-98% PV module rating discrepancies
-95% soiling
-97% summer heating
-98% DC wiring
-99.5% diodes and wiring
The panels might be expected to put out 52.8 watts in full sunlight

The panels are controlled by a Solar Controllers Inc. 36 volt MPPT controller, and there is some interaction between this Solar Controller and the Battery Management System circuit, such that there is some energy not being used.  It is probably not much, as the controller is meant for a mobile golf cart application, and both the Solar Controller and BMS have 42V setpoints.

To verify the solar panel contribution, I need to wire a shunt into the panel output and connect it to the data logger, this is ongoing. I will write more about this in a future post about the Cycle Analyst and data collection.

There are several improvements that could be had by going to a 48V system on the next bike, but it appears that costs will also at least double due to a more sophisticated system.  When the design is worked out I will put up another post.

Likewise, some significant benefits could be had by going to frameless and glassless mobile application solar panels, (estimated 18 pounds of weight savings), but they would cost about 4 times as much.  The market is changing, so this may work out to be a near term option for the second bike.
Enecom Semiflexible frameless and glassless mobile application monocrystalline solar panel

The long term (14 trips) average energy usage of the motor (any time the wheels are turning), is 195.36 watts.   Using the estimate of 52.8 watts for panel output, the motor to generation watts is about a 4:1 ratio.  Again, until the shunt is installed on the panels, and some time is spent analyzing the results, I won't have a shading factor for Vermont roads.  It can be estimated simply by looking down a road and seeing how much of the pavement has a shadow on it, but this is not as accurate as long term measurements would be.  For now I am using the simple equation that if you ride for half an hour, then park in the sun at your destination for 2 hours, (4 times as long), it will charge the battery back up.

Thursday, November 7, 2013

The battery

At the beginning of the project, I planned on using an old car battery that I had in the barn.  It would have saved me a lot of money, but it would have been the death of the project.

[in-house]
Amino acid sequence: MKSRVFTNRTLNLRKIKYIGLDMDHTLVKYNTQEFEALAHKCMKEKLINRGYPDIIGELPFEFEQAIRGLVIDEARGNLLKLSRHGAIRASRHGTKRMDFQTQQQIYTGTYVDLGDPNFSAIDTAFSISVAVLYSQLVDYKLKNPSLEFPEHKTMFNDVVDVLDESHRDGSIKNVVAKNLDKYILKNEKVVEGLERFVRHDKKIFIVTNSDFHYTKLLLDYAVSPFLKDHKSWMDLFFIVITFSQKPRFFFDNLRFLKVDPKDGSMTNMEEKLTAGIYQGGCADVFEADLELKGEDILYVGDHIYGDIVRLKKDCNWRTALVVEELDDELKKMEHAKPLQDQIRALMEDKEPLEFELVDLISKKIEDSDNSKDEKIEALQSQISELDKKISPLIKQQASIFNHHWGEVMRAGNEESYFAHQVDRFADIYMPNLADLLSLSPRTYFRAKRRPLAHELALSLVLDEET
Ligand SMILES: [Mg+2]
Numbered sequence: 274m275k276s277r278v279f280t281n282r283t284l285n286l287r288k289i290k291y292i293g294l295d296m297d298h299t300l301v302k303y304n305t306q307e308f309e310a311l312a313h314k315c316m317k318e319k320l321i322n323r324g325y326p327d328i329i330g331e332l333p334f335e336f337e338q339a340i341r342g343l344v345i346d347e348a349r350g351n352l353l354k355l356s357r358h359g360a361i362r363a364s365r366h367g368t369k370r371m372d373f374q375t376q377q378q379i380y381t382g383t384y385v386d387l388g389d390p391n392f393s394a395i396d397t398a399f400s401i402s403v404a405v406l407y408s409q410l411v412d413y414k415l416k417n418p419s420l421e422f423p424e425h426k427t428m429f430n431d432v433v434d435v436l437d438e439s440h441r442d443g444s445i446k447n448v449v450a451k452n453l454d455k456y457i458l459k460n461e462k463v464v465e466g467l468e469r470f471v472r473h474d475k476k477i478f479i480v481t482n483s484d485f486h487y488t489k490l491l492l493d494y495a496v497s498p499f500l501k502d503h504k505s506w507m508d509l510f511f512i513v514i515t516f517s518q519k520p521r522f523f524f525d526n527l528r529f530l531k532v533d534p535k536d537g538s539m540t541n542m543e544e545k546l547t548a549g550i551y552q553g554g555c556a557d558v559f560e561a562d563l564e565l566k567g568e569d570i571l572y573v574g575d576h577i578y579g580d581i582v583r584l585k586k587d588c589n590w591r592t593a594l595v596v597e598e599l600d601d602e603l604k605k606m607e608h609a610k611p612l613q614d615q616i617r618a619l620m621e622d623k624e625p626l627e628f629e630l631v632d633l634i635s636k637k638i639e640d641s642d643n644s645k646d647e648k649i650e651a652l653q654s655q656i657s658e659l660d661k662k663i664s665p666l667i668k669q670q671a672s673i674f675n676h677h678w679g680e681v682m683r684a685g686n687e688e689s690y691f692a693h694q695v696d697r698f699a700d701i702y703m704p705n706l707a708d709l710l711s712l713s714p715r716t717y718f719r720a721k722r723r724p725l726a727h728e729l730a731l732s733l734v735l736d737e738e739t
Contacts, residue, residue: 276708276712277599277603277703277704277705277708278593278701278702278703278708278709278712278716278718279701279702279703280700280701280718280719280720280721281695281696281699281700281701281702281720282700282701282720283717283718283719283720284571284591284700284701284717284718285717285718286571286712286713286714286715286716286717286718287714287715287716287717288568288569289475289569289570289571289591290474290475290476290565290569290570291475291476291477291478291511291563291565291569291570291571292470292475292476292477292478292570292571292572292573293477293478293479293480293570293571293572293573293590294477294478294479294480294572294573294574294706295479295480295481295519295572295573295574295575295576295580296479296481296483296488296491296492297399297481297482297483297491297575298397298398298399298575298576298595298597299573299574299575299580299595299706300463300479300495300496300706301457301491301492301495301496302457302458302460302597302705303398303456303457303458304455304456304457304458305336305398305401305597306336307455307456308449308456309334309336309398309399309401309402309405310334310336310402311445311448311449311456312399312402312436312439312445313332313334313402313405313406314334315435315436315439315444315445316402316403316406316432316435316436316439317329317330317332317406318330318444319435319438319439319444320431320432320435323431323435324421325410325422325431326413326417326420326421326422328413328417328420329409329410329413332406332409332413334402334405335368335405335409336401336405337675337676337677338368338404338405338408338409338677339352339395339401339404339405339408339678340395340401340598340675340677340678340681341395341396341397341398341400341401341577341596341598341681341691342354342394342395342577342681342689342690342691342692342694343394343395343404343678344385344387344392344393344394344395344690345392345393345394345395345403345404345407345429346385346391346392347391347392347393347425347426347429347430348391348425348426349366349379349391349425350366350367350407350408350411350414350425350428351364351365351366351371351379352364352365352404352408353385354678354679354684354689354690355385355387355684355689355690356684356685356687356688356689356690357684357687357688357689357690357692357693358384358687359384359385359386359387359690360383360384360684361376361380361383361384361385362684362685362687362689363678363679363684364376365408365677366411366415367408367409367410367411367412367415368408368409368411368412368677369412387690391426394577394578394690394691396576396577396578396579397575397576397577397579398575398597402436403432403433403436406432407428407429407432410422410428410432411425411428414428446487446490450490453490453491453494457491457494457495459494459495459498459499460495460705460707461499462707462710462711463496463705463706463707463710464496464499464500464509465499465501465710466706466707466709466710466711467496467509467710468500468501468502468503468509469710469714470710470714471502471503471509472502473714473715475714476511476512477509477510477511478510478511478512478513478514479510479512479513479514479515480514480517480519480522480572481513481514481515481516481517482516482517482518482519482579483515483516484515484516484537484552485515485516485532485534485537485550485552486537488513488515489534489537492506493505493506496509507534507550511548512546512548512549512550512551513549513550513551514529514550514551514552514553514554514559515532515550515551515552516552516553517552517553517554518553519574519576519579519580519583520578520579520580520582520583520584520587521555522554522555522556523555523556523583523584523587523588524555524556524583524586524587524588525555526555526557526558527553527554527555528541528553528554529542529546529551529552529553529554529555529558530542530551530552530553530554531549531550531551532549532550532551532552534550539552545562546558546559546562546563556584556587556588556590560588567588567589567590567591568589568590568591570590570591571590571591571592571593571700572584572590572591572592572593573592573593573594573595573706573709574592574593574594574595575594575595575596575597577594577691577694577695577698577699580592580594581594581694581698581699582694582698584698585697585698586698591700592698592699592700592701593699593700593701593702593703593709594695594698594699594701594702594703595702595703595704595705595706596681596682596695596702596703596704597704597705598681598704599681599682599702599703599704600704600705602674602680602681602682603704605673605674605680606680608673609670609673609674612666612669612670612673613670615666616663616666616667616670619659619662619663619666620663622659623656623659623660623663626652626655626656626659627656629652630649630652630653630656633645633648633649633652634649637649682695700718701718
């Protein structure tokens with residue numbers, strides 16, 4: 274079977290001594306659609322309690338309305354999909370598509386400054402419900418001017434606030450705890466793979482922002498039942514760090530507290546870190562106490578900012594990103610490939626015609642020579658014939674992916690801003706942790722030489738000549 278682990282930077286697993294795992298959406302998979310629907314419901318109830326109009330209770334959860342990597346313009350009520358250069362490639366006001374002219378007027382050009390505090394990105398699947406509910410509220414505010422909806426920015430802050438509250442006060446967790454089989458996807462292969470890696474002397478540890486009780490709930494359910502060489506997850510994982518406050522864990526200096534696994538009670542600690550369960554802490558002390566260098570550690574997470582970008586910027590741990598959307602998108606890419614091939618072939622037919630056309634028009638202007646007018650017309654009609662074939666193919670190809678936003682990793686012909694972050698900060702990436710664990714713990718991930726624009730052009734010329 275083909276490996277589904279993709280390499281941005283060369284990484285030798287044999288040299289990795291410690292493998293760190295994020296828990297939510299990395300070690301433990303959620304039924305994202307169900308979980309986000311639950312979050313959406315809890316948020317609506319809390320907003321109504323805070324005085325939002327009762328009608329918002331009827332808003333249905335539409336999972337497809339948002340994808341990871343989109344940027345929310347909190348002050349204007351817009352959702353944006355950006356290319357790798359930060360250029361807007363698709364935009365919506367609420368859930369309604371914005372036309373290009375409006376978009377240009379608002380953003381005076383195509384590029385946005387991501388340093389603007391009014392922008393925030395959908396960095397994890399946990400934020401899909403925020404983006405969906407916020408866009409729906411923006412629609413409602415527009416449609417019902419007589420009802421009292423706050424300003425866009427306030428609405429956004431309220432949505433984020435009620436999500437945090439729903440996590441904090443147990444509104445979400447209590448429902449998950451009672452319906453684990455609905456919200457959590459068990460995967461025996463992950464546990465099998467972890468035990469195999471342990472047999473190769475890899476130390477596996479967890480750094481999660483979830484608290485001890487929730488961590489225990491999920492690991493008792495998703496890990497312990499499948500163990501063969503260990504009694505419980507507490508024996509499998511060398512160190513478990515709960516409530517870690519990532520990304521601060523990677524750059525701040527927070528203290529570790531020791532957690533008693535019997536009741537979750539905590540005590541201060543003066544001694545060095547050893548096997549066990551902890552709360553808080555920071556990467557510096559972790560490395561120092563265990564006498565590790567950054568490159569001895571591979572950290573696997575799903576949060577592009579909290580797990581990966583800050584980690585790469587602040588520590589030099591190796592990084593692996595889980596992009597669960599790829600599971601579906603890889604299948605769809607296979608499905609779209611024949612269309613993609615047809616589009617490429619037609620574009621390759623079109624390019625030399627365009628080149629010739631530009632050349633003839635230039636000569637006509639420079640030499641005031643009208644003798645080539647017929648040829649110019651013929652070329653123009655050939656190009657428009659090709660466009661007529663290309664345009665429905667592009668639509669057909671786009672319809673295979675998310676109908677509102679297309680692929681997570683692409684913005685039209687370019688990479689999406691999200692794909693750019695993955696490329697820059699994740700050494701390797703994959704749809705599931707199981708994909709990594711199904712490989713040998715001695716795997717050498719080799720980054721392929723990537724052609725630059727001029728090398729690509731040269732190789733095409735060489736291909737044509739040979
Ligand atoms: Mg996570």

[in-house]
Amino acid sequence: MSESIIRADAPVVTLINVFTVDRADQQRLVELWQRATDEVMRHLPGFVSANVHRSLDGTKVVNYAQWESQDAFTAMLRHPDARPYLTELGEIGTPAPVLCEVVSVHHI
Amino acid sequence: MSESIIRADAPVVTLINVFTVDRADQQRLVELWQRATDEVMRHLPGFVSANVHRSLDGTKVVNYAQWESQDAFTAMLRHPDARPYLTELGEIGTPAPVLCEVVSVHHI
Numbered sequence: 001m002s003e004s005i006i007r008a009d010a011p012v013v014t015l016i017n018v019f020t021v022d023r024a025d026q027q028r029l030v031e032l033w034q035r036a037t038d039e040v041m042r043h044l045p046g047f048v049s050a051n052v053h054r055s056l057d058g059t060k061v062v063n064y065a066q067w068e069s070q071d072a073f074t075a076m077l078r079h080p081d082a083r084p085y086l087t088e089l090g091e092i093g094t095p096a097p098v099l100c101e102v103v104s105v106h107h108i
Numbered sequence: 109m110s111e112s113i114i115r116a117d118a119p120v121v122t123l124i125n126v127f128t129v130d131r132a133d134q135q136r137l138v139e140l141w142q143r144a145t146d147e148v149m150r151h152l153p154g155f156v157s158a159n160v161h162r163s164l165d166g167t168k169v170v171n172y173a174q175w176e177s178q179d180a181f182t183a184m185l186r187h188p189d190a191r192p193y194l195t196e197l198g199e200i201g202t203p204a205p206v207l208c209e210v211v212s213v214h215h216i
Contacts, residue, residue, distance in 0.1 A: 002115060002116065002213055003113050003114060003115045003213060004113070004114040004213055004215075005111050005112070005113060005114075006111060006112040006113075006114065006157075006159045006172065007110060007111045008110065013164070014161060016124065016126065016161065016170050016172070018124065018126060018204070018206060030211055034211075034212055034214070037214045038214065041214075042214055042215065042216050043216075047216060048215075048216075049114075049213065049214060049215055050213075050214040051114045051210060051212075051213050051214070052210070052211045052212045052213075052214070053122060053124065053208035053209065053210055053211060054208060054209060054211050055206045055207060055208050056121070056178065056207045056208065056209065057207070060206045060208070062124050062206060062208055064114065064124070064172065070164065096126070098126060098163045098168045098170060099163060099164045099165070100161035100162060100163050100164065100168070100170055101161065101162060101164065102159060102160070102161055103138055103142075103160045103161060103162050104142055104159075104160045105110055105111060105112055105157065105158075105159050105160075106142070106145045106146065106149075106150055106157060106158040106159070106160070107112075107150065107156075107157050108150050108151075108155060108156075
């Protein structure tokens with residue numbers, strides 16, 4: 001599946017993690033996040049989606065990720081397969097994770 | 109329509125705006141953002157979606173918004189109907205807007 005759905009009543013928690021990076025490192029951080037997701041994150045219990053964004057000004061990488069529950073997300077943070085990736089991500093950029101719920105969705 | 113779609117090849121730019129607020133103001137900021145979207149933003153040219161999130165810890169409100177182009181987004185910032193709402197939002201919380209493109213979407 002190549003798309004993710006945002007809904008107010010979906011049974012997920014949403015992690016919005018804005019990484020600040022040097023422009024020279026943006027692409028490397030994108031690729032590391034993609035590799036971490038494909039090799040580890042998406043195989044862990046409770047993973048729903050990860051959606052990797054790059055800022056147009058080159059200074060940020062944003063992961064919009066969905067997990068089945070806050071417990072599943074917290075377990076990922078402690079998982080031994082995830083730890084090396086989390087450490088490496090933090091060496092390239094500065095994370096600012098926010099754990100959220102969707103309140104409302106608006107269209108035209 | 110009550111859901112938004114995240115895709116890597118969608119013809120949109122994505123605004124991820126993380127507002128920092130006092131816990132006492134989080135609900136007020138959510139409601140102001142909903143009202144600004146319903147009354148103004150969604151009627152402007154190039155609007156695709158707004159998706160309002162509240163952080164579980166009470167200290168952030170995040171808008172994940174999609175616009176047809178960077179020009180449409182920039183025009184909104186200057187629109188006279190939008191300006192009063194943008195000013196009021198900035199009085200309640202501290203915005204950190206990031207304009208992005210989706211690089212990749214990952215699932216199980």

At first the low budget route seemed good, reusing something I already had.  But after reading some mileage claims, I decided the bike needed a fair amount of energy to get to WRJ and back, (33 miles with no side trips).  The old car battery might have had maybe 300 watt hours capacity left in it, and besides it was only 12 volts- the motor needed 36 or 48.

A short side note here:
As previously mentioned, Amps is like the water flowing through a pipe, and Volts is the pressure (zing) pushing the water.  The two have to be combined to get the total amount of power, and this is done by simply multiplying them together to get watts.  If I let 20 amps of electrons flow out of a 12 volt battery, there is 240 watts of power flowing.  If the battery produces that flow for an hour, (this changes the flow into a fixed quantity), the amount of energy produced is 240 watt hours.  The more the volts, the more the amps, and the longer the time the battery lasts, the more capacity it has.

(photo credit Jingneng Battery)

The nice battery pack in an aluminum case under a bike luggage rack that I mentioned while talking about range is probably 36 volts x 9 amp hours, or 324 watt hours.  I wanted more.

Lead acid batteries (like my old car one) have a few problems.  They are heavy (like lead), spill sulfuric acid, and don't like being drained below half full (they die).  Golf carts use deep discharge cycle versions because they are cheaper than other batteries, and it is ok to carry around 250 pounds of batteries under their seat.  A sealed lead acid battery prevents spilling acid, but still dies if discharged too much.   The consensus on most forums about lead acids was that they last only one year, because no one stops themselves from draining it all the way to empty.   At a Lead acid battery a year, a lithium battery that lasted 3 years would actually be cheaper, and not have the draining problem.

You will notice that I've jumped over NiCad and NiMh batteries.  NiCads are quite toxic, have a memory, and don't come in big assemblies.  NiMh are better, but why not just go to Lithiums?

Most Lithium battery charts look like this (right click on chart and open in new tab to get a larger version):
(Similar versions of this chart are used by several Chinese battery and ebike motor manufacturers.)

Or like this:
(Chart by a Sun Trip commentator, who was traveling on an electric bike from Shanghai to Lille, France.)